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Atlantic City Casinos Appeal Tax Assessments

6 March 2003

ATLANTIC CITY, New Jersey – As reported by the Press of Atlantic City: "This is the year that could `make us or break us,' the city's business administrator said.

"On one hand, the Borgata casino is coming and the city administration plans three years of stable taxes after last year's tax increase. On the other hand, the city may be lumbering toward a financial landmine.

"Nine casinos are appealing their tax assessments and demanding an astronomical refund - perhaps as high as $350 million - in back taxes.

"There's a good chance the casinos will settle for less. But the possibility of losing $350 million disturbs some city officials.

"…According to the city's 2001 property tax rolls, casinos represented about $5.2 billion, or about 78 percent, of the city's ratable base. Non-casino businesses made up only about 4 percent of the ratable base.

"…The reason for the casinos' tax appeals and for the mystery surrounding their total cost is simple: It is not easy for the city tax assessor to determine how much a casino is worth, and how much it should be taxed.

"…No two casinos even seem to be equivalent for tax purposes; each is a unique blend of restaurant, hotel, retail and gambling establishments. Deducing a casino's market value from the last time it was sold is nearly impossible, said George Frino, a lawyer who represents Atlantic City in some casino tax-related matters.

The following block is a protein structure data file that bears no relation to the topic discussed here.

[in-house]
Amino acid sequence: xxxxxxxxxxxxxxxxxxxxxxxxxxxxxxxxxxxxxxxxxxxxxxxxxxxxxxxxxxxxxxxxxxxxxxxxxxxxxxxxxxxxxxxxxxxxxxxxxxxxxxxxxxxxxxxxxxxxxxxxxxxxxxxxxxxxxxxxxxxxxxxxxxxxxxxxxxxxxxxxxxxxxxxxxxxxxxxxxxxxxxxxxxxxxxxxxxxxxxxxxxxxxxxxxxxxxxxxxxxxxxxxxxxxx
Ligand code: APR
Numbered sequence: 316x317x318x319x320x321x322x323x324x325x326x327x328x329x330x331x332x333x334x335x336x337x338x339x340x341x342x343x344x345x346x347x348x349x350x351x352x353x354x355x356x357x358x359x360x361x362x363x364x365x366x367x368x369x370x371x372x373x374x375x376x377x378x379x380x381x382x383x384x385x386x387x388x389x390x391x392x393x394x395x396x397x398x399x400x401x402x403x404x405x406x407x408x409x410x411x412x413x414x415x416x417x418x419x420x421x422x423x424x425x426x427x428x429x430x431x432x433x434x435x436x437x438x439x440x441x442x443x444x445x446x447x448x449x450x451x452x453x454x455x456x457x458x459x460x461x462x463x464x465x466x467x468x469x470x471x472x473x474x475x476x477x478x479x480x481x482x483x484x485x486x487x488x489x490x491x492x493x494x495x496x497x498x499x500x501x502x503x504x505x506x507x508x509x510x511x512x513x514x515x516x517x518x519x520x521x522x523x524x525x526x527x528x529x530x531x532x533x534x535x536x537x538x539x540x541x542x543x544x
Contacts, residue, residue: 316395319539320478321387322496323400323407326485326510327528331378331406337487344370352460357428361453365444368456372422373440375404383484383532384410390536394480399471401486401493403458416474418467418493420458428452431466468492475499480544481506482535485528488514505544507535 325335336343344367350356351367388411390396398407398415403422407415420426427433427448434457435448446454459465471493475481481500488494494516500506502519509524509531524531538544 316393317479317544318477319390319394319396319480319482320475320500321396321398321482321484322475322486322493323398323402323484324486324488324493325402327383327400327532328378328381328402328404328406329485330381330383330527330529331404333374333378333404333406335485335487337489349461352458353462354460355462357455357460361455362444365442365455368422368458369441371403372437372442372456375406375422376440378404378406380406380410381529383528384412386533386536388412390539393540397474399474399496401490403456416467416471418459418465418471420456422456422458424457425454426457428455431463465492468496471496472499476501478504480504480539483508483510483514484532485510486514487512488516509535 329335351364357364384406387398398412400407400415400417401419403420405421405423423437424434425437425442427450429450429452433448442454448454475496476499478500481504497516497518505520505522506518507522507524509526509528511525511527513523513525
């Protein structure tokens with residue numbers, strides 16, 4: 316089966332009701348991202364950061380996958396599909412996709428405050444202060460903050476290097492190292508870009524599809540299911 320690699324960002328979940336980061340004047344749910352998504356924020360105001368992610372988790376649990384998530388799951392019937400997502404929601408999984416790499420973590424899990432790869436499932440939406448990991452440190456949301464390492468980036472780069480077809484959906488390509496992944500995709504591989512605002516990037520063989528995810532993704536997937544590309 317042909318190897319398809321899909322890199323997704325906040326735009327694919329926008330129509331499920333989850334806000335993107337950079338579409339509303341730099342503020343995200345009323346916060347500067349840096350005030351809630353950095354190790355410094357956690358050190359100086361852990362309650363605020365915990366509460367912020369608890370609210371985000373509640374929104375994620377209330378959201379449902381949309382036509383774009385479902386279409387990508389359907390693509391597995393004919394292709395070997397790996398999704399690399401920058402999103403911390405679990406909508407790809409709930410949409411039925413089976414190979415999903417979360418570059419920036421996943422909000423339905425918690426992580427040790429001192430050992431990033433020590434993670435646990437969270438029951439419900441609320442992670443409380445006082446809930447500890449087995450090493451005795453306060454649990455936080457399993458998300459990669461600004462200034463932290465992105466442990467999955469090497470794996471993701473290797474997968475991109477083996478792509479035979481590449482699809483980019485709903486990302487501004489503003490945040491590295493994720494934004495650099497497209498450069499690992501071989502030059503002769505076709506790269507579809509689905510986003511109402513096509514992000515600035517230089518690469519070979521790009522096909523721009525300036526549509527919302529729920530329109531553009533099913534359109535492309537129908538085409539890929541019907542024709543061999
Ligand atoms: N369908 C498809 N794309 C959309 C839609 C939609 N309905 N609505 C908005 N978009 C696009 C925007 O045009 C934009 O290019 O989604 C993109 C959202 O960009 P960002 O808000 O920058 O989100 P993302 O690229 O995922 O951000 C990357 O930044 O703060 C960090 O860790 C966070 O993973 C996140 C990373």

"…That lack of a clear guideline makes it easy for Atlantic City casinos to say they're being overtaxed. And difficult to prove they aren't. Last year the city agreed to scale back assessments of some Claridge and Resorts properties, and to give back $5.5 million it has collected from those corporations since 1997.

"How much the nine casinos appealing their assessments this year get and whether a refund will be anything close to their $350 million in demands, is unknown.

"But the potential exposure led City Business Administrator Benjamin Fitzgerald to tell City Council recently that `2003 is going to be a watershed year in terms of tax appeals; it's either going to make us or break us.'

"Fitzgerald called this an important year partly because the tax appeal by Tropicana Casino and Resort is currently in court…"

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